The etiology of C5 palsy remains unclear and various theories have been proposed. These include C5 tethering after posterior decompression, reperfusion injury, impairment of C5 nerve root, potential risk of thermal damage to cervical nerve roots with use of high speed drill.[7-10] One study had shown that posterior laminectomies, multilevel corpectomies and procedures with extensive spinal cord shift were associated with C5 palsy. [11] Some studies had found that presence of intramedullary linear high intensity areas on both preoperative and postoperative T2-weighted MRIs were seen more at the level of paralysis but the association of these observations and the occurrence of C5 palsy were not consistent.[1,12-14].

There is no specific treatment for C5 palsy. There is no high- quality evidence for pharmacotherapy, including dexamethasone or other corticosteroids. Conservative management is the usual approach. A case report of bilateral C5 palsy has been described with the restarting of a steroid taper- similar to what was described in our case.[4] The patient’s symptoms persisted for 3 months, before making slow improvement at 6 months and progressing to complete resolution by 1 year.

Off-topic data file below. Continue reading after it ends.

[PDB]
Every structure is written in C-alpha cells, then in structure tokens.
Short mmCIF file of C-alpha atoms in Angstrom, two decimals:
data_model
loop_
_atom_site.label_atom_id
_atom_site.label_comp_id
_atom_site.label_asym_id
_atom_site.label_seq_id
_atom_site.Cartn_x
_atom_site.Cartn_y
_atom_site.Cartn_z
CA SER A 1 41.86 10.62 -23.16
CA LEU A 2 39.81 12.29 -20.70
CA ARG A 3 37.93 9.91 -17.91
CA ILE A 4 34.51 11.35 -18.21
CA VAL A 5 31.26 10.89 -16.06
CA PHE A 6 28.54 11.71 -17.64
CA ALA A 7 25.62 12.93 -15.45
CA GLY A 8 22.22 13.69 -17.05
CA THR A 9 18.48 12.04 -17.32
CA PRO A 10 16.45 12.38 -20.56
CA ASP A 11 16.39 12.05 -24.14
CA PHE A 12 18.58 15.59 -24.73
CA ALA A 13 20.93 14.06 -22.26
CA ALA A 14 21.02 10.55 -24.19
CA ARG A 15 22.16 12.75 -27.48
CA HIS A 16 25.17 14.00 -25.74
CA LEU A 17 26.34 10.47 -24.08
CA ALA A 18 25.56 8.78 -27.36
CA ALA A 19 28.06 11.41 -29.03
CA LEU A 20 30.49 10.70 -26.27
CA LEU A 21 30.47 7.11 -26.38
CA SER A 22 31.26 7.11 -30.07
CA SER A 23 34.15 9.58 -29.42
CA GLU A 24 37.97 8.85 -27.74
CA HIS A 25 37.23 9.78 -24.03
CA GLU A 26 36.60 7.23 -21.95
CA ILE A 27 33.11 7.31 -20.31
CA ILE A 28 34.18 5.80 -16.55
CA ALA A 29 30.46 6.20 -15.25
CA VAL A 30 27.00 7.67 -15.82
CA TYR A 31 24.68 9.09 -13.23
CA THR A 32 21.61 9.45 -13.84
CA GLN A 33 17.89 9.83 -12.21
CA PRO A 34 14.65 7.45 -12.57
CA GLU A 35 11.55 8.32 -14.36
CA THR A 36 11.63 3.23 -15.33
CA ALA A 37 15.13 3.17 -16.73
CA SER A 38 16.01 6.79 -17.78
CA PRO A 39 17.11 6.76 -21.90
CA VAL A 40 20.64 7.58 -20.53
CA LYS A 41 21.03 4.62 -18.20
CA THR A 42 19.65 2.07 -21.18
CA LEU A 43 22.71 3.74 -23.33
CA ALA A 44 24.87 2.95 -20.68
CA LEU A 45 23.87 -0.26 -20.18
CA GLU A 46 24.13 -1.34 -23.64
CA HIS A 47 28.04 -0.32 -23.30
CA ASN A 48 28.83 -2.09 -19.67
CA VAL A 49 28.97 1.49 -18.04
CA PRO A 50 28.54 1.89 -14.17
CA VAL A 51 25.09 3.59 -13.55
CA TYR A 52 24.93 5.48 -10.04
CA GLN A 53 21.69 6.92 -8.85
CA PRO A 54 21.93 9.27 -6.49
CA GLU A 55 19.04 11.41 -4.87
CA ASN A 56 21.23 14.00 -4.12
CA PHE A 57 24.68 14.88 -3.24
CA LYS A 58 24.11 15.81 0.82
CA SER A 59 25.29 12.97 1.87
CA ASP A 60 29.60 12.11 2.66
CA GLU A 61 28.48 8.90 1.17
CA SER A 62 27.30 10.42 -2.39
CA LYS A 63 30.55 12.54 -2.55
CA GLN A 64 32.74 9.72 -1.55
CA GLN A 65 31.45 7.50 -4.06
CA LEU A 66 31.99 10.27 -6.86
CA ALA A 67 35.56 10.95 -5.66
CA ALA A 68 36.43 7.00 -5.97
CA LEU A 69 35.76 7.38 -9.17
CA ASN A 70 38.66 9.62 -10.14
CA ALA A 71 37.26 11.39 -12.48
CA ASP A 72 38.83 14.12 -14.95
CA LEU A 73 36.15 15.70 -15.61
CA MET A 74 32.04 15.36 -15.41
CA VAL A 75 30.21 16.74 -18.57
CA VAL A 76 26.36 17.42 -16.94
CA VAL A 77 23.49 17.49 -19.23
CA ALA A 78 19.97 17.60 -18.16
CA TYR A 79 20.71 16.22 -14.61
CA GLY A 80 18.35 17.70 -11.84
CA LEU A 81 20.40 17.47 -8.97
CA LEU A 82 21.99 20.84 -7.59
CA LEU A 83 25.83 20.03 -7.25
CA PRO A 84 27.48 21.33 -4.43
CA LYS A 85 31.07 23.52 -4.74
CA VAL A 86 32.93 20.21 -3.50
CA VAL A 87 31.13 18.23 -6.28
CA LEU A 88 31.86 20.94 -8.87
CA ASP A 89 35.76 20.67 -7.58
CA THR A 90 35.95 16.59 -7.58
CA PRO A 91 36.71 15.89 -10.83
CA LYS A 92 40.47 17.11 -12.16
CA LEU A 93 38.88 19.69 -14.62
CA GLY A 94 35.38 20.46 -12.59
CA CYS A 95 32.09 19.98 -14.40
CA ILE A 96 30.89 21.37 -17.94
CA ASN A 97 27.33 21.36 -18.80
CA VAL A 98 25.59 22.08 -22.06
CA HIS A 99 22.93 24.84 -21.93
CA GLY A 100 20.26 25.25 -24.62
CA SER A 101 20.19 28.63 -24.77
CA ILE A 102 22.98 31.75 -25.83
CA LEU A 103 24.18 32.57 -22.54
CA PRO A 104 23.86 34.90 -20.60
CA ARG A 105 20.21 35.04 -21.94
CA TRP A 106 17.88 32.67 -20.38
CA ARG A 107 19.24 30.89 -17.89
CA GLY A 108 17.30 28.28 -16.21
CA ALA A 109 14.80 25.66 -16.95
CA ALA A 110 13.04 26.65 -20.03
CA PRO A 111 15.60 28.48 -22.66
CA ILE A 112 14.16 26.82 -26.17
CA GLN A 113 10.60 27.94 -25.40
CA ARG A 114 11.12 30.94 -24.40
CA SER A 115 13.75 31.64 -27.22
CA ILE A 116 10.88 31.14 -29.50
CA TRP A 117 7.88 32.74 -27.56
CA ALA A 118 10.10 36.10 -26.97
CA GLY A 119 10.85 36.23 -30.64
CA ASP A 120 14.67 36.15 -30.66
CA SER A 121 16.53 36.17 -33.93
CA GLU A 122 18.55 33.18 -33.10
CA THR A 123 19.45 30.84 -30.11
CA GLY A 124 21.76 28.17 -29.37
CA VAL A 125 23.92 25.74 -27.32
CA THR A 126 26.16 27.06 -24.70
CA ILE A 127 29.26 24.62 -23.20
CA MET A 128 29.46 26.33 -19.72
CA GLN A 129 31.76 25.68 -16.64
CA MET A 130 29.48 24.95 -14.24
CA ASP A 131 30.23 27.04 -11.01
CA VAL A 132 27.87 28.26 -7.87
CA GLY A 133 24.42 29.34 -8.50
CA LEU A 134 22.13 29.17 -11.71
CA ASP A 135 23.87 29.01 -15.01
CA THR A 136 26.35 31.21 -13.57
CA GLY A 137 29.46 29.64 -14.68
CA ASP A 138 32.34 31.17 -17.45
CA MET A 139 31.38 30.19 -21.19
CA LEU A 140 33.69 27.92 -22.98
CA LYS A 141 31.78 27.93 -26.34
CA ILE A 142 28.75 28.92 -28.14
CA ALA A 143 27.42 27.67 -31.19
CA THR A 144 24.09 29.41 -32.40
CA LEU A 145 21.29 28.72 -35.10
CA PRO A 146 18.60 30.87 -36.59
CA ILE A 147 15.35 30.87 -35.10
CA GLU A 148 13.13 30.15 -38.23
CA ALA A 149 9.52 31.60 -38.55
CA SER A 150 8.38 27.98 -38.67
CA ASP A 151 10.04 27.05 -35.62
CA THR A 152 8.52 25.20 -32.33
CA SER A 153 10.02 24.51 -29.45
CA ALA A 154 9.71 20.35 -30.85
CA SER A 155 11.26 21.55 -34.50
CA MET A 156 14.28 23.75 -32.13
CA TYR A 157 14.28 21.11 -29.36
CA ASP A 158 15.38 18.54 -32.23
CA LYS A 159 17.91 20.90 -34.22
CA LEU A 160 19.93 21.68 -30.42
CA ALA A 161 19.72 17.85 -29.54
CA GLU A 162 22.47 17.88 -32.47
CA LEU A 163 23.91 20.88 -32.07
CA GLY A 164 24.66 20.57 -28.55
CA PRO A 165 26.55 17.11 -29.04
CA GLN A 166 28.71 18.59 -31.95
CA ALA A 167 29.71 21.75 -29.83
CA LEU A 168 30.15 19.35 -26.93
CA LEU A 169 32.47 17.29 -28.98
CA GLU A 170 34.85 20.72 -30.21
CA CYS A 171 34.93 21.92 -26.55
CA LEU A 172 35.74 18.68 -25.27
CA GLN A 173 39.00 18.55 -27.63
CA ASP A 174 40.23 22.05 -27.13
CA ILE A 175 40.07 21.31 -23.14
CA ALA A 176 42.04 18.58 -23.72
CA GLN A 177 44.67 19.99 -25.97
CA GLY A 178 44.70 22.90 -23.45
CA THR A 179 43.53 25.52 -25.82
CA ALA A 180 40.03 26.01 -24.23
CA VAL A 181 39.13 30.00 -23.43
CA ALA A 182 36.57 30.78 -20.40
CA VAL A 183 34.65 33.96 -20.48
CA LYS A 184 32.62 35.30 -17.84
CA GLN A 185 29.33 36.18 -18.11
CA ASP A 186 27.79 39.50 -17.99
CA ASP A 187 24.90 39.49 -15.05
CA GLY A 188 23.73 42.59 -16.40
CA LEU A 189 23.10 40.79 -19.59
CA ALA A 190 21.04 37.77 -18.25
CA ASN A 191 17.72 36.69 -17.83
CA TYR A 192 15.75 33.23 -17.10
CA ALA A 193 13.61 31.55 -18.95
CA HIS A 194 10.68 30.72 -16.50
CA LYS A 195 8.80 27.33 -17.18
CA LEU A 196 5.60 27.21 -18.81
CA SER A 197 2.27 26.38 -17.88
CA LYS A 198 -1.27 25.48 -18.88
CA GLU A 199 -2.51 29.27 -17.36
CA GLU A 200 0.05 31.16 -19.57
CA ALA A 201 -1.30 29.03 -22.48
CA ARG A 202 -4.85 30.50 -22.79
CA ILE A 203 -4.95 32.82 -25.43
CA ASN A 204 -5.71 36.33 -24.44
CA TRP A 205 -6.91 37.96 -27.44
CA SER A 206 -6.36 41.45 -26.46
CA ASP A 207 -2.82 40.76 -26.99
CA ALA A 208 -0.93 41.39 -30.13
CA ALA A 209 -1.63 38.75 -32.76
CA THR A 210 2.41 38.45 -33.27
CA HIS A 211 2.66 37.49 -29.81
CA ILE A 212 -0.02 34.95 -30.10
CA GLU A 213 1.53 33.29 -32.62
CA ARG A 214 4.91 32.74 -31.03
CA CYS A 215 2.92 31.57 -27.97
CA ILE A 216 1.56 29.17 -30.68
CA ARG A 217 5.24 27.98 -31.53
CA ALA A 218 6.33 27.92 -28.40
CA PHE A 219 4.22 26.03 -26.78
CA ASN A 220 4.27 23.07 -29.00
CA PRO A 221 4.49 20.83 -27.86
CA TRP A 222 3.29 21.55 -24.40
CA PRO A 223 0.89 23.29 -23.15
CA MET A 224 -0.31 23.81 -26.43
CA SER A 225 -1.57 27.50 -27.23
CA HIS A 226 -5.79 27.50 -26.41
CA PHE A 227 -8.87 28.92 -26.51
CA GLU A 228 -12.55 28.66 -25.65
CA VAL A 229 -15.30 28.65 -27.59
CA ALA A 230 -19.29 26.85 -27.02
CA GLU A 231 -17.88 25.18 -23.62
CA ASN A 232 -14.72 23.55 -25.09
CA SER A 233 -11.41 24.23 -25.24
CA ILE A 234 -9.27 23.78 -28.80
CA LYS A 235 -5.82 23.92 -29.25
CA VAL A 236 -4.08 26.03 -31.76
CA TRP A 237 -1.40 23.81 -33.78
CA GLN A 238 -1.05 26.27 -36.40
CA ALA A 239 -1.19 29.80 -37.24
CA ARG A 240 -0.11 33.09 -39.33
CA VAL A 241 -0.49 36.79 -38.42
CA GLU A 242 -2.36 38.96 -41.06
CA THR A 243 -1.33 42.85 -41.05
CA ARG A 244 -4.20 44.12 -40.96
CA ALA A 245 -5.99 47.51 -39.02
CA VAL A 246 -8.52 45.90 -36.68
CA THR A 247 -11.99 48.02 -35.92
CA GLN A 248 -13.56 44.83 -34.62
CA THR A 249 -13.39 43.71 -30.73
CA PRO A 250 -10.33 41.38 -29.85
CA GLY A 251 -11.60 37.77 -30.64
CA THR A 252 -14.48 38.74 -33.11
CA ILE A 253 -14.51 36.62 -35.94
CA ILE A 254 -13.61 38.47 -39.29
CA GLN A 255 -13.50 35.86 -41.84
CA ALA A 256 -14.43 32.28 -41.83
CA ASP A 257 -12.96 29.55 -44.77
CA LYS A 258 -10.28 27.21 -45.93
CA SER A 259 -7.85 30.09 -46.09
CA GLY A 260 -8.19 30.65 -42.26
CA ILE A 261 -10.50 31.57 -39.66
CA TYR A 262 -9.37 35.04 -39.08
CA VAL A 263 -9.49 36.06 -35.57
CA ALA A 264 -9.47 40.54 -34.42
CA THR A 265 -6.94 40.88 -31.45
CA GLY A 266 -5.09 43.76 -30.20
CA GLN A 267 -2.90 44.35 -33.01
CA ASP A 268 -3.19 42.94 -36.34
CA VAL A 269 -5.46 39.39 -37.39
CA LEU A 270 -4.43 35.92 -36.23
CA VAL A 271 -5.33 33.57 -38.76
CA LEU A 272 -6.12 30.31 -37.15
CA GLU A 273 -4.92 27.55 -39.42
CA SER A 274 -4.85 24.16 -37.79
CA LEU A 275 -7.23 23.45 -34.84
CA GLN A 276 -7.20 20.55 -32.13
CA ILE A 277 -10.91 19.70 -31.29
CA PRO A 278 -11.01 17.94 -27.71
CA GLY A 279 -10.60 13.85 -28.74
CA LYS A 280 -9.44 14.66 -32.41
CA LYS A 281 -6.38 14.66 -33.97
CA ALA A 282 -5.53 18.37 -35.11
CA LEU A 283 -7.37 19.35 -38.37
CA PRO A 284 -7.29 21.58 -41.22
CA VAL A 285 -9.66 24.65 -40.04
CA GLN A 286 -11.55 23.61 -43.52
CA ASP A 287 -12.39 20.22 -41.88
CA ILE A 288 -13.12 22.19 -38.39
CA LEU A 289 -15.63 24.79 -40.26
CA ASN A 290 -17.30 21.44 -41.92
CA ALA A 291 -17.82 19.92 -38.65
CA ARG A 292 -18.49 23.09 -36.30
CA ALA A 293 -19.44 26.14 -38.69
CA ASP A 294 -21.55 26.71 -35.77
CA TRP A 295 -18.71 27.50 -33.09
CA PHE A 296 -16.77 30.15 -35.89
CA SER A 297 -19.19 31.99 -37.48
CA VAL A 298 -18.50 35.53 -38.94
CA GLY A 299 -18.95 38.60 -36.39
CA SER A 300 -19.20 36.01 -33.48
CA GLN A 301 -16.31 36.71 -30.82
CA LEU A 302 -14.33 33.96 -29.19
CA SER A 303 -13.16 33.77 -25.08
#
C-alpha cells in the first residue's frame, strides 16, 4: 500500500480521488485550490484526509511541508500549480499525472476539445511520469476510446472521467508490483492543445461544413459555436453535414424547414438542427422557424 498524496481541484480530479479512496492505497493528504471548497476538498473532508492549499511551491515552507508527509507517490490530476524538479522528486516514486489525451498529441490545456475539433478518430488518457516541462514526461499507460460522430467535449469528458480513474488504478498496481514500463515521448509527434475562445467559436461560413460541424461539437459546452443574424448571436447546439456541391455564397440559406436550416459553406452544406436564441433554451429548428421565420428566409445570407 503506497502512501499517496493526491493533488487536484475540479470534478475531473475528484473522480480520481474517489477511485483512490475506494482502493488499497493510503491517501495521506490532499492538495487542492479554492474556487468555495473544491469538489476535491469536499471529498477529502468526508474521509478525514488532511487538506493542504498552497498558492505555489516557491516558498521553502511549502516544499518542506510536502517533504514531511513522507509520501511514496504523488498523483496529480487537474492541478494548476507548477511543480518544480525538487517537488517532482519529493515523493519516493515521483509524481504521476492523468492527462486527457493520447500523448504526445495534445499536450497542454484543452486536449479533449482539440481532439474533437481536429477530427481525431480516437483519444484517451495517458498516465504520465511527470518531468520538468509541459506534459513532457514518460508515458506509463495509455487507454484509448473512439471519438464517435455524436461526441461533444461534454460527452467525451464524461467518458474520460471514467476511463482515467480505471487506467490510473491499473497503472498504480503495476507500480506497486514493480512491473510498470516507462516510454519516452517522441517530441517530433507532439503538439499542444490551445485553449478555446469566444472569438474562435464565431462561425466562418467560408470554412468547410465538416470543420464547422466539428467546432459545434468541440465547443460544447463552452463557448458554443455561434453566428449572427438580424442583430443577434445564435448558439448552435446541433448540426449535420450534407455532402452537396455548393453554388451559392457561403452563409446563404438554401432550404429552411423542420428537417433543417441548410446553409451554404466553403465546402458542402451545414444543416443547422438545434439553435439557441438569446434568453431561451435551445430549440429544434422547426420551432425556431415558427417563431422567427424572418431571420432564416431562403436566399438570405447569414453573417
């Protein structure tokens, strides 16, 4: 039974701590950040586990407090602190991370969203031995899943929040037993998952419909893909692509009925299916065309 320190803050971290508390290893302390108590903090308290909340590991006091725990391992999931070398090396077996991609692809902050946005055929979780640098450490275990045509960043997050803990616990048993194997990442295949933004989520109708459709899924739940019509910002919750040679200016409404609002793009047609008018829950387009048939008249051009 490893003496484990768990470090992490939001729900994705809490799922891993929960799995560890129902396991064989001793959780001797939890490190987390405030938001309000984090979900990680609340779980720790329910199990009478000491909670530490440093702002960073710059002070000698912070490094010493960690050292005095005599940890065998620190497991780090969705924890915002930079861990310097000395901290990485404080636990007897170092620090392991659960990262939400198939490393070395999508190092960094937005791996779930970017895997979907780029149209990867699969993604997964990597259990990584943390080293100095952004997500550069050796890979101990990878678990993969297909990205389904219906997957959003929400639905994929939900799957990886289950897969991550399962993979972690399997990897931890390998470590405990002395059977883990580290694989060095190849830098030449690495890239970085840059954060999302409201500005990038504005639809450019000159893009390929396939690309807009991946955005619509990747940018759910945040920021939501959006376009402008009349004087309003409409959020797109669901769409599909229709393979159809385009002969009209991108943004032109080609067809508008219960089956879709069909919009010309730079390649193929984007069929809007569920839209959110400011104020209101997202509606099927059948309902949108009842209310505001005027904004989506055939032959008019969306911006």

The prognosis of C5 palsy is generally good. In one study, 54.2% of patients reported complete resolution of symptoms, 25.4% improved with residual symptoms while 17% did not recover. In that study, 44.4%, 59.3% and 95.6% of patients who reported complete resolution of symptoms did so by 3 months, 6 months and 12 months respectively. Nassr et al. reported in another study that 71.4% of patients reached maximal improvement within 6 months.[15]

In conclusion, we would like to highlight a case of C5 palsy post posterior decompression and fusion from C3 to C6 levels, which occurred while the patient was undergoing inpatient rehabilitation, and his subsequent favourable clinical course with conservative management. Although C5 palsy is not considered rare and widely published in the orthopaedics literature, its relative absence in the general medical literature prompts a need to remind all physicians of its typical presentation and clinical course.

Conflicts of interest

The authors declare no conflict of interest.


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All Tables

Table 1

Timeline and neurological assessment.